The instructors at Northeast Academy of Martial Arts reveal the keys to self-improvement by way of karate and mixed-martial-arts programs, as well as through a variety of fitness classes. Karate lessons are divided by age and ability level, challenging kids, adults, and cowardly lions with total-body workouts designed to build both mental and physical toughness. The academy's MMA training blends elements of Brazilian jujitsu, muay thai kickboxing, and other disciplines into one well-oiled program. Drop-in fitness classes, meanwhile, such as aerobic kickboxing and cardio training, provide change-of-pace workouts on a weekly basis.
For more than two decades, the handlers at J.E.M. Stables, Inc. have opened their 25-acre plot of land to fellow horseback riding enthusiasts eager to polish their skills. Four instructors and 25 lesson horses team up for lesson in English and Western riding styles geared toward beginners as young as 5 and advanced riders alike. Group and private sessions may unfold outside on the lighted 150’x220’ ring or within the indoor arena, where students can practice while spectators look on from the observation lounge. In the summertime, the arenas also set the stage for five-day camps, when youngsters take part in clinics and demonstrations dedicated to topics such as grooming, tacking, and equine dentistry.
Israeli Krav Maga teaches law enforcement officers, military trainees, and ordinary citizens to use combat skills originally developed for the Israeli defense forces and modified for civilian self-defense. Having trained under krav maga founder Imi Lichtenfeld, Grandmaster Haim Gidon now oversees the instructors he has trained and certified. Some of Gidon's instructors––who have military and law enforcement experience––have been featured in USA Today and on NBC, ABC, CBS and Fox News, and have even trained celebrities such as John Mayer, whose guitar has been known to pick fights with him. These faculty members teach krav maga with a focus on empowering students while helping them to develop awareness, and life-saving skills.
Flash back to Okinawa, 1800s. Gichin Funakoshi––who is often called the father of modern karate––was getting limber and dangerous with his own "shotokan" self-defense method. Derived from shoto, meaning "wind in the pines", the form is characterized by low stances and powerful, dynamic techniques. In short, he wasn't a guy to be messed with.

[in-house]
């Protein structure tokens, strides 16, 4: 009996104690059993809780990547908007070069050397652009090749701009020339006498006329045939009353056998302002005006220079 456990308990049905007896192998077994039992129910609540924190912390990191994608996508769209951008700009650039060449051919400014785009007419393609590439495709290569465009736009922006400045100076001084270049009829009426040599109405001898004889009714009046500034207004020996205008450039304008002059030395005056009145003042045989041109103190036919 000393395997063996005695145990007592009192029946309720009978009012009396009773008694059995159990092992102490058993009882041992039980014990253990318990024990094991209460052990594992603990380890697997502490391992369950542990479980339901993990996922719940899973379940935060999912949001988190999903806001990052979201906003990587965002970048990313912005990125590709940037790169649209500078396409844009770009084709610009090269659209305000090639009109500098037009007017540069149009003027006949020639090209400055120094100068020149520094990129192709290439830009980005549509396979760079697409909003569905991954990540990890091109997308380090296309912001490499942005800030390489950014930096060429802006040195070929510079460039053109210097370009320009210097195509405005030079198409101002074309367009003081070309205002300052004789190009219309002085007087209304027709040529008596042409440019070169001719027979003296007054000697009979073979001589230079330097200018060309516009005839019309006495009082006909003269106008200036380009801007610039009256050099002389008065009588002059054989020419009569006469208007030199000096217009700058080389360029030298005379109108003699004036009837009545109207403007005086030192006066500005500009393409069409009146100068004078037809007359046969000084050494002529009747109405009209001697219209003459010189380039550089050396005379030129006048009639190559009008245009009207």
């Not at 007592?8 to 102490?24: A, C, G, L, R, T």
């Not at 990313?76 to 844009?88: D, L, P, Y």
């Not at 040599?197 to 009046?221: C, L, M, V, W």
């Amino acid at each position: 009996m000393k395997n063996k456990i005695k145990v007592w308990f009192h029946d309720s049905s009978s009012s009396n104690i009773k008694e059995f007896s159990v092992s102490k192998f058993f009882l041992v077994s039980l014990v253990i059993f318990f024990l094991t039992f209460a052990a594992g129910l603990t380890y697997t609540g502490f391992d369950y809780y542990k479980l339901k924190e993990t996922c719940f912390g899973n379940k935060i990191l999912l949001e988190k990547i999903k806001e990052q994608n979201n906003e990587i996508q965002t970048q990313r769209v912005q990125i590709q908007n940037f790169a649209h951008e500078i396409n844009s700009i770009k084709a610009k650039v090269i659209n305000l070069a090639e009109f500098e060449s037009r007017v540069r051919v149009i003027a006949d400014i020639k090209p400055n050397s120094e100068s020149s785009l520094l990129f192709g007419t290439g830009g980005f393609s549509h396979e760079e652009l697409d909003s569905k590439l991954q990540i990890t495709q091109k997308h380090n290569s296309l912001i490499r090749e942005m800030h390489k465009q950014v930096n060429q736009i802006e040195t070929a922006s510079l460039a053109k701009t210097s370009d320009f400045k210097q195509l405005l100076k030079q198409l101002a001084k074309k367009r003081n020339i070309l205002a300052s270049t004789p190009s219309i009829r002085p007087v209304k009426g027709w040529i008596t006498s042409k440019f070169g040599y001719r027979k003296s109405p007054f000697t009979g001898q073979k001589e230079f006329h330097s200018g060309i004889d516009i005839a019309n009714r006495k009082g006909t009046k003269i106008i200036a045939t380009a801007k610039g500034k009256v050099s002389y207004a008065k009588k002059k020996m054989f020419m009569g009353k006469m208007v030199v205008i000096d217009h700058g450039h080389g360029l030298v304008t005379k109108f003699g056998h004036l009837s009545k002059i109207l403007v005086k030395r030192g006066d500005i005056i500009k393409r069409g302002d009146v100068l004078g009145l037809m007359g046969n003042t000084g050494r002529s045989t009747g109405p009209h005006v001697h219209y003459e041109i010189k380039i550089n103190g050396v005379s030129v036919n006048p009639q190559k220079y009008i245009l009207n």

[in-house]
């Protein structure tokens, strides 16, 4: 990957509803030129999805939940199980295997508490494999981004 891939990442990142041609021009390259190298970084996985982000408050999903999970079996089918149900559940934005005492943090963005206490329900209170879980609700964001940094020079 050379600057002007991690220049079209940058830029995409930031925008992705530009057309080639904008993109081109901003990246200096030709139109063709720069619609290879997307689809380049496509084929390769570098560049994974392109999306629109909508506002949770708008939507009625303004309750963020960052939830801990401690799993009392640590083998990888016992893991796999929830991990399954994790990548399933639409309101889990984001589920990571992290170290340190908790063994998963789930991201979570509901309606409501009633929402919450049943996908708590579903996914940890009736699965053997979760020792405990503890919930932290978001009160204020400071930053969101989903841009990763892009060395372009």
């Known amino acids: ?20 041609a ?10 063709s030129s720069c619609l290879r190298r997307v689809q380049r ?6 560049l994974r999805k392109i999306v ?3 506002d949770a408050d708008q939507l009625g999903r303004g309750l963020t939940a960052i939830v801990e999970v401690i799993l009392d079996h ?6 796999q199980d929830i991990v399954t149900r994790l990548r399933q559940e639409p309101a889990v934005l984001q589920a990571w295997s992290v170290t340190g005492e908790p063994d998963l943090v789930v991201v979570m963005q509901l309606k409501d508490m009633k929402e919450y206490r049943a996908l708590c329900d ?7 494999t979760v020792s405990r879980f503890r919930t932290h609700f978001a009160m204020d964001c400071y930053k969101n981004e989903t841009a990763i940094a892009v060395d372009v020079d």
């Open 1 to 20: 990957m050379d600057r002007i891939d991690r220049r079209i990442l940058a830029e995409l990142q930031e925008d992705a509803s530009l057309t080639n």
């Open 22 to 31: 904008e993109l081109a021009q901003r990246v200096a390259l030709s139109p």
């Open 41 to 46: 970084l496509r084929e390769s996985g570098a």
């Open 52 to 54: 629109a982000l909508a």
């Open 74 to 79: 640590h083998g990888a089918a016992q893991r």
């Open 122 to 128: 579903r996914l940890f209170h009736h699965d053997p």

Today, the form is still effective and awesome. Case in point: sixth-degree black belt and sensei Takeshi Kitagawa, who teaches traditional Japanese karate out of Princeton Shotokan Sankukai. He is a licensed instructor and holds an A-ranked referee license from USA Karate, the national governing body of the sport of karate. During daily classes, Takeshi draws on more than 20 years of teaching experience to verse students of all ages in techniques such as kicking, balance, blocking, and tying a black belt using only one finger.
• For $32, you get two Thunder hats, concessions, and two tickets to the game against the Erie SeaWolves on Monday, July 18, at 7:05 p.m. (up to a $78 total value). • For $32, you get two Thunder hats, concessions, and two tickets to the game against the Richmond Flying Squirrels on Thursday, July 28, at 7:05 p.m. (up to a $78 total value).
If Bruce Lee watched a class at East Coast Academy of Martial Arts, he might smile as he observed instructor Michele Thompson teach his signature style of jun fan gung fu. Michele teams up with Dave Shrank and Scott Gray—who specialize in niche styles such as maphilindo silat—to help students learn in an authentic setting. They also specialize in other unique martial arts, such as Filipino kali and Chinese wing chun, as well as yoga classes and sessions for children and women.